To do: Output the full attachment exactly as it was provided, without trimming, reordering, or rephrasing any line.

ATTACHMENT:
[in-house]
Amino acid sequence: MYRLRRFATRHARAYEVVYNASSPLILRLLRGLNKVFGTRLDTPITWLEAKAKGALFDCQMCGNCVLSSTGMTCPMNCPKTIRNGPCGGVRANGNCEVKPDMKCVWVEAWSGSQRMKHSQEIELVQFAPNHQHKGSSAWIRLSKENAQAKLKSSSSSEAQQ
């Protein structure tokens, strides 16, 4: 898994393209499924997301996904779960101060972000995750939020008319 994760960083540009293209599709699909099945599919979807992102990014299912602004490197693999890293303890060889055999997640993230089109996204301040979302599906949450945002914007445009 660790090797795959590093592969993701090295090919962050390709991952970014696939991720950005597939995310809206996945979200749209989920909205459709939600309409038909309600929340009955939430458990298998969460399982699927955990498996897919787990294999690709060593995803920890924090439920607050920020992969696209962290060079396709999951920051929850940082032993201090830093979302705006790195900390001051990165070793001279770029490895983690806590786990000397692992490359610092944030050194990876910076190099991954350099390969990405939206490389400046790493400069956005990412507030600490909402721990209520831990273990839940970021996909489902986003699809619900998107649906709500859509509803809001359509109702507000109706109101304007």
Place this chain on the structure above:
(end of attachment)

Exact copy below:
[in-house]
Amino acid sequence: MYRLRRFATRHARAYEVVYNASSPLILRLLRGLNKVFGTRLDTPITWLEAKAKGALFDCQMCGNCVLSSTGMTCPMNCPKTIRNGPCGGVRANGNCEVKPDMKCVWVEAWSGSQRMKHSQEIELVQFAPNHQHKGSSAWIRLSKENAQAKLKSSSSSEAQQ
């Protein structure tokens, strides 16, 4: 898994393209499924997301996904779960101060972000995750939020008319 994760960083540009293209599709699909099945599919979807992102990014299912602004490197693999890293303890060889055999997640993230089109996204301040979302599906949450945002914007445009 660790090797795959590093592969993701090295090919962050390709991952970014696939991720950005597939995310809206996945979200749209989920909205459709939600309409038909309600929340009955939430458990298998969460399982699927955990498996897919787990294999690709060593995803920890924090439920607050920020992969696209962290060079396709999951920051929850940082032993201090830093979302705006790195900390001051990165070793001279770029490895983690806590786990000397692992490359610092944030050194990876910076190099991954350099390969990405939206490389400046790493400069956005990412507030600490909402721990209520831990273990839940970021996909489902986003699809619900998107649906709500859509509803809001359509109702507000109706109101304007």
Place this chain on the structure above: